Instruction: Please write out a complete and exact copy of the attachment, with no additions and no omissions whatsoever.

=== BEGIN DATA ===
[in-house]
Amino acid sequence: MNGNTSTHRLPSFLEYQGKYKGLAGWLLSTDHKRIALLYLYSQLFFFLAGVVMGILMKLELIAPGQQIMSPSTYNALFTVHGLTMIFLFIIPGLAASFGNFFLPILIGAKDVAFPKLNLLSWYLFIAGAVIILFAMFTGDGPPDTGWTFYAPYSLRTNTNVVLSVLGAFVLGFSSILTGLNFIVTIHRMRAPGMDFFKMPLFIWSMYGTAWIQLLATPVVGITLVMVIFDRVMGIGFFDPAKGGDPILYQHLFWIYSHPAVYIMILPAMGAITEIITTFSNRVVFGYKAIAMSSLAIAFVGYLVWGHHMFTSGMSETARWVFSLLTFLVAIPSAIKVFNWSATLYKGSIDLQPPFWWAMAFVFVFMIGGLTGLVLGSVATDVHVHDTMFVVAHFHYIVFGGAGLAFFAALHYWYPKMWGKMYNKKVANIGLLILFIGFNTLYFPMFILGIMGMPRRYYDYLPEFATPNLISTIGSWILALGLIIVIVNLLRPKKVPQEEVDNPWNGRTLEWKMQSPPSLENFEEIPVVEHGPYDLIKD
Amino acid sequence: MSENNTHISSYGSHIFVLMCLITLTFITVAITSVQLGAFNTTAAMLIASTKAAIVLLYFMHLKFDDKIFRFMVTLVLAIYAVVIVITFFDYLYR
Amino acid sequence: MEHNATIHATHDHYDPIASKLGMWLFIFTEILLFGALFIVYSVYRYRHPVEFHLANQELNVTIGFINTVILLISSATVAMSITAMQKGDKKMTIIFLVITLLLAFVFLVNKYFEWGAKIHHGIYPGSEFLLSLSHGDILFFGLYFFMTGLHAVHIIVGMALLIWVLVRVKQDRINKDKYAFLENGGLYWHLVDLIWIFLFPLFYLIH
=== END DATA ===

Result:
[in-house]
Amino acid sequence: MNGNTSTHRLPSFLEYQGKYKGLAGWLLSTDHKRIALLYLYSQLFFFLAGVVMGILMKLELIAPGQQIMSPSTYNALFTVHGLTMIFLFIIPGLAASFGNFFLPILIGAKDVAFPKLNLLSWYLFIAGAVIILFAMFTGDGPPDTGWTFYAPYSLRTNTNVVLSVLGAFVLGFSSILTGLNFIVTIHRMRAPGMDFFKMPLFIWSMYGTAWIQLLATPVVGITLVMVIFDRVMGIGFFDPAKGGDPILYQHLFWIYSHPAVYIMILPAMGAITEIITTFSNRVVFGYKAIAMSSLAIAFVGYLVWGHHMFTSGMSETARWVFSLLTFLVAIPSAIKVFNWSATLYKGSIDLQPPFWWAMAFVFVFMIGGLTGLVLGSVATDVHVHDTMFVVAHFHYIVFGGAGLAFFAALHYWYPKMWGKMYNKKVANIGLLILFIGFNTLYFPMFILGIMGMPRRYYDYLPEFATPNLISTIGSWILALGLIIVIVNLLRPKKVPQEEVDNPWNGRTLEWKMQSPPSLENFEEIPVVEHGPYDLIKD
Amino acid sequence: MSENNTHISSYGSHIFVLMCLITLTFITVAITSVQLGAFNTTAAMLIASTKAAIVLLYFMHLKFDDKIFRFMVTLVLAIYAVVIVITFFDYLYR
Amino acid sequence: MEHNATIHATHDHYDPIASKLGMWLFIFTEILLFGALFIVYSVYRYRHPVEFHLANQELNVTIGFINTVILLISSATVAMSITAMQKGDKKMTIIFLVITLLLAFVFLVNKYFEWGAKIHHGIYPGSEFLLSLSHGDILFFGLYFFMTGLHAVHIIVGMALLIWVLVRVKQDRINKDKYAFLENGGLYWHLVDLIWIFLFPLFYLIH